If an neighbor’s water line that should run the easement in my property actually runs totally outside of the easement, must I pay to relocate it?

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If an neighbor’s water line that should run the easement in my property actually runs totally outside of the easement, must I pay to relocate it?

I own a house and large yard that has an easement for a property adjoining it. The easement was written into the deed in 1978 for “installation and maintenance of a water and/or sewer line 15′ in width along the south lot line”. The water line to this property does not run through this easement, it runs 50′ north of it in my yard. They say they aren’t responsible for moving the water line. But since it is on my private property with no easement, is that legal? They say they don’t have to, and that I need to pay all their legal fees to even ask the question, let alone costs to move it. But if it’s 100% out of the easement and on my property, is that correct? Is something like this grandfathered in? Because it’s out of the easement, aren’t they legally obligated to move it into the easement?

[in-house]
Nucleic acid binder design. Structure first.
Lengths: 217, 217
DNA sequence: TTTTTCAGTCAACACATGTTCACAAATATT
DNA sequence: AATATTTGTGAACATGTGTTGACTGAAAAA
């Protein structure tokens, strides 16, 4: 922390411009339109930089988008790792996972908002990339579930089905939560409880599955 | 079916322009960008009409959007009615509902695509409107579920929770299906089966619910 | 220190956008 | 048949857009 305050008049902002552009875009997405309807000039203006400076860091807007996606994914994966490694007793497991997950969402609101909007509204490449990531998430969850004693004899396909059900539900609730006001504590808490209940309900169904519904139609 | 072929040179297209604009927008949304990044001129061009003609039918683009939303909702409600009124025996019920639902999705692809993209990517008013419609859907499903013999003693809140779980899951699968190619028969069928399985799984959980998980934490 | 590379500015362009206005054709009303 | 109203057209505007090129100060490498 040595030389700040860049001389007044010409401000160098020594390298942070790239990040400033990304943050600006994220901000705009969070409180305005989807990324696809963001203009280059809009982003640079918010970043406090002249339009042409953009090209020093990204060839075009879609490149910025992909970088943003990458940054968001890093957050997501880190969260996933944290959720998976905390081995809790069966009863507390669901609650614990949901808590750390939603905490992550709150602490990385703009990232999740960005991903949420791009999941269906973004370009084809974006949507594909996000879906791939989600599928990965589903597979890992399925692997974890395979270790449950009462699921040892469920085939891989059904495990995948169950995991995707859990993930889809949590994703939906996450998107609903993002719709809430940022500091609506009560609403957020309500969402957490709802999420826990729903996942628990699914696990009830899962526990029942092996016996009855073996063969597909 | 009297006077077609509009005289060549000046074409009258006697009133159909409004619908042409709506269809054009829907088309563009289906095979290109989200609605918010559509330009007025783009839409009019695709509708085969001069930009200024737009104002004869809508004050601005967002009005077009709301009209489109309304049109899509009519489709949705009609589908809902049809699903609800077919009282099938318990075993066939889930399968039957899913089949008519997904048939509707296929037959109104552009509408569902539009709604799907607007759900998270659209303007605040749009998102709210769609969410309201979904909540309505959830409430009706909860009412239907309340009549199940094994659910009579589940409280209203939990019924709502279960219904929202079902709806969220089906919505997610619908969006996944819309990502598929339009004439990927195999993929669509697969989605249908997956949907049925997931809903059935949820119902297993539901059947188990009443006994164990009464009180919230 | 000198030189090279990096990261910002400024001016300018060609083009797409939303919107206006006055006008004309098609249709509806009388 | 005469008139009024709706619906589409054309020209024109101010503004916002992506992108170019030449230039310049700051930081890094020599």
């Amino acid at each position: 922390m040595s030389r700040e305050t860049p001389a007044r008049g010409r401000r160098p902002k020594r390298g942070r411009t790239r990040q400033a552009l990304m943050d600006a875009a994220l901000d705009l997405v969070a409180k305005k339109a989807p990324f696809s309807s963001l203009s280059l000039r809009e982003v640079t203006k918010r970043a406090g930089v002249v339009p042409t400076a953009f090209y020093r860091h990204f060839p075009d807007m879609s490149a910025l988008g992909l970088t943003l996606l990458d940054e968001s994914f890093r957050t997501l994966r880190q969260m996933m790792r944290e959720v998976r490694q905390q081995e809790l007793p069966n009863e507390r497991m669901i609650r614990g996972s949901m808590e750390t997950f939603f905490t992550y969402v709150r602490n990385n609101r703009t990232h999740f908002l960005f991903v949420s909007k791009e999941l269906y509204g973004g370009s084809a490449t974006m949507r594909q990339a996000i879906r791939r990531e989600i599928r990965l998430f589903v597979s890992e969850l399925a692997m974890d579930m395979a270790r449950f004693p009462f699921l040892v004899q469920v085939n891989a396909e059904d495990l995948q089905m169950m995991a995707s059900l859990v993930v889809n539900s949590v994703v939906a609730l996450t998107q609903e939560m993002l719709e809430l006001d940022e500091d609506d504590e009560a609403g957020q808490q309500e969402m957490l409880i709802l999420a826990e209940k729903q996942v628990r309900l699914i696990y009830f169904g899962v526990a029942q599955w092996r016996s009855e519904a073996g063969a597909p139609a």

Asked on August 13, 2012 under Real Estate Law, Colorado

Answers:

FreeAdvice Contributing Attorney / FreeAdvice Contributing Attorney

Answered 8 years ago | Contributor

From what you have written you do not have to pay for the reinstallation of the water line that you have an easement with respect to another person's property because the water line is not within the described easement. Neither does the owner of the land burdened by the easement.

In essence you have a prescriptive easement where the water line presently lies from what you have written. The best way to resolve the situation is to consult with a real estate attorney to have a new easement description drawn up and recorded if the adjoining neighbor will sign it and you give up in a document to be recorded the other easement description that does not contain the water line.


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